Noncommunicating obstructive hydrocephalus caused by obstruction of foramina of Luschka and Magendie. This MRI axial image demonstrates fourth ventricle dilatation. Communicating hydrocephalus with surrounding atrophy and increased periventricular and deep white matter signal on fluid-attenuated inversion recovery (FLAIR) sequences In contrast, some adult patients with obstructive hydrocephalus caused by CPCs complained of chronic obscure symptoms.[2 6] Obstructive hydrocephalus caused by CPCs in adulthood progressed more gradually than that in childhood, because there is greater ventricle volume in adult patients to compensate for cyst growth Noncommunicating hydrocephalus (obstructive hydrocephalus) Obstruction of the cerebral aqueduct of Sylvius, the lateral foramen of Luschka, or the median foramen of Magendie results in o bstructed passage of CSF from the ventricles to the subarachnoidal space. Congenital: Noncommunicating hydrocephalus is the most common form of congenital. Symptoms of hydrocephalus depend upon age, and may range from irritability, sleepiness, and poor feeding to vomiting, personality and memory changes, difficulty walking, and urinary incontinence. Treatment is aimed at fixing the cause of the hydrocephalus and relieving the pressure on the brain. It is not known how many adults are affected by.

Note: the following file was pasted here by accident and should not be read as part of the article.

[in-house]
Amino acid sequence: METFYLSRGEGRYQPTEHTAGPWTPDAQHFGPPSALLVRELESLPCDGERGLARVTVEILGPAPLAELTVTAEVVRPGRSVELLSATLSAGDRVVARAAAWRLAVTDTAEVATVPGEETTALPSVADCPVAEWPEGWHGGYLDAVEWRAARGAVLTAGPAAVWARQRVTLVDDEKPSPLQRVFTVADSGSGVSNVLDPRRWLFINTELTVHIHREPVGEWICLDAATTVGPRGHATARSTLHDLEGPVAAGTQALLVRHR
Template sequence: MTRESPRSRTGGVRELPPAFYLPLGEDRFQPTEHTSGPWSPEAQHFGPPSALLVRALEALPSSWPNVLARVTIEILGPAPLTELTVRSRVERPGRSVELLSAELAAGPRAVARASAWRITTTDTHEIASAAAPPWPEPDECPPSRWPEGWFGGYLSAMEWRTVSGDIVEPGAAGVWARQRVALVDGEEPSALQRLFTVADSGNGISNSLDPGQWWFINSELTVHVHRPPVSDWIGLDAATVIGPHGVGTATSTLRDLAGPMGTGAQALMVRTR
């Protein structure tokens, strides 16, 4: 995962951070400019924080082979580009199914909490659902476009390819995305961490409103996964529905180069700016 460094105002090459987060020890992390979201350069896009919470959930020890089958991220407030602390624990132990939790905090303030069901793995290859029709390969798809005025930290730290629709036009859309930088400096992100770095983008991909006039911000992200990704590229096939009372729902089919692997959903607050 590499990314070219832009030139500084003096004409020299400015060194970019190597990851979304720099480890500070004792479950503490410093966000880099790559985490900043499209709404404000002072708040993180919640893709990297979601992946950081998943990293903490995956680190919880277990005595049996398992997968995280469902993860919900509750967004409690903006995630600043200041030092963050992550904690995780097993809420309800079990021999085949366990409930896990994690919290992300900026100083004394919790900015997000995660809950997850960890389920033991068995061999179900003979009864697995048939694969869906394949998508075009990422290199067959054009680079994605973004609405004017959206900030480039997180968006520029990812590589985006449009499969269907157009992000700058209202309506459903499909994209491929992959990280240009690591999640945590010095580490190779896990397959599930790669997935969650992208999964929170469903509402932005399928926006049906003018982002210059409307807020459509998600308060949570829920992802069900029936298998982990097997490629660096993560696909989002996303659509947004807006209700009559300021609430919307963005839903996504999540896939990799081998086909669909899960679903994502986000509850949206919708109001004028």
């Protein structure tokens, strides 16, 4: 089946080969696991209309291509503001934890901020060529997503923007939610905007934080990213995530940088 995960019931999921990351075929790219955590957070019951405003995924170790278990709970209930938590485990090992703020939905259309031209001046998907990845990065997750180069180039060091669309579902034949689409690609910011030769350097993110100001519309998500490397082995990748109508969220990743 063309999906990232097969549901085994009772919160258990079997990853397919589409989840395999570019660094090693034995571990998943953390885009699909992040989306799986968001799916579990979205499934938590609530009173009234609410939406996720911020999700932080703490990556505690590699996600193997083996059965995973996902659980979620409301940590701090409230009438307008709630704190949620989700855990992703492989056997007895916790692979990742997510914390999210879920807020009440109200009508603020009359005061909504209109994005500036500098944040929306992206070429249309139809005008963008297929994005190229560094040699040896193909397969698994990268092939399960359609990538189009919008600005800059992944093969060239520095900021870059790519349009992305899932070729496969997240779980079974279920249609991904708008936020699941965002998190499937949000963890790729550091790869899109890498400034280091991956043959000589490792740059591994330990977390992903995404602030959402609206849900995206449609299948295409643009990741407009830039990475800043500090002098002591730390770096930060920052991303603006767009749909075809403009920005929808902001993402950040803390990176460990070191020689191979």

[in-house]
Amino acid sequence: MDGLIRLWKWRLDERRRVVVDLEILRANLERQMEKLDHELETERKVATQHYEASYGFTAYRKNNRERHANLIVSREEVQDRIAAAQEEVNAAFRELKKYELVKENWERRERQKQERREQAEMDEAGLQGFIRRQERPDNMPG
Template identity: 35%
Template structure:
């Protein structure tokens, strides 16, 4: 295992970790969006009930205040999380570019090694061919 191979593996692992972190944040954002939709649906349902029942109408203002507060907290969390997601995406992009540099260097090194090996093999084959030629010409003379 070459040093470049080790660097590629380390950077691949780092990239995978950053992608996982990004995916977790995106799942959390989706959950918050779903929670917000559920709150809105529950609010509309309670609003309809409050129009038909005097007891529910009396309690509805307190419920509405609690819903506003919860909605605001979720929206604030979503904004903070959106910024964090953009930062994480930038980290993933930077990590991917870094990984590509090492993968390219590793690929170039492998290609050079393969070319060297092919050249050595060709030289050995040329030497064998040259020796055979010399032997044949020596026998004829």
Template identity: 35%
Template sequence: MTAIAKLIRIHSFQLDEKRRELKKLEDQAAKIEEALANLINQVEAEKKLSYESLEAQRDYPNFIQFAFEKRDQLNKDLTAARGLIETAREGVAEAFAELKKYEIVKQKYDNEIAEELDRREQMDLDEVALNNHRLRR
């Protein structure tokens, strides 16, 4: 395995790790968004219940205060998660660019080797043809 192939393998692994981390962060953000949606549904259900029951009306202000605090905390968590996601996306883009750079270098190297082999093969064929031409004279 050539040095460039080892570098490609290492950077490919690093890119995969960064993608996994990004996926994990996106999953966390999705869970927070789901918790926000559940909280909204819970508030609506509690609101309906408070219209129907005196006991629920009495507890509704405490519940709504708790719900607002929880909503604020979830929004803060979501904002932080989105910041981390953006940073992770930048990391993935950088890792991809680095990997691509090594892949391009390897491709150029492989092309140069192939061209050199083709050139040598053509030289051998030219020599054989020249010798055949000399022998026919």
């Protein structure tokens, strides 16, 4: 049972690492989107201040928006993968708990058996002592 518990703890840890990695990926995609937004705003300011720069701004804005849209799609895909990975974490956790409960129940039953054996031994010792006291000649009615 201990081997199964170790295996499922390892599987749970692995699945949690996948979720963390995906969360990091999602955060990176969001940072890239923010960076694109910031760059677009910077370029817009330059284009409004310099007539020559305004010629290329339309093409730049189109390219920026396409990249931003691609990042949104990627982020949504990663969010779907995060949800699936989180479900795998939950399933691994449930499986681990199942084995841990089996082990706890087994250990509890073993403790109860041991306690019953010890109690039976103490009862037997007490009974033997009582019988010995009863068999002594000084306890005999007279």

Obstructive hydrocephalus Radiology Reference Article

Introduction. Obstructive hydrocephalus develops due to a blockage in circulation of the cerebrospinal fluid (CSF). From the clinical point of view, obstructive hydrocephalus results from diseases causing an occlusion in the ventricular system, and it is also termed non-communicating hydrocephalus [].The issue of treatment in obstructive hydrocephalus has been subject to evolution for years. Hydrocephalus can happen to anyone at any age. However, it occurs more frequently to infants and adults over 60. Surgical management is the gold standard in treating hydrocephalus with the main goal of decreasing fluid build-up and relieving intracranial pressure, thus alleviating functional impairments and preventing permanent damage Subacute Combined Degeneration of the Spinal Cord and Hydrocephalus Associated with Vitamin B12 Deficiency. Case Report Subacute Combined Degeneration of the Spinal Cord and Hydrocephalus Associated with Vitamin B12 Deficiency Wei Sun1, Guangsheng Li1, Zhao... Download PDF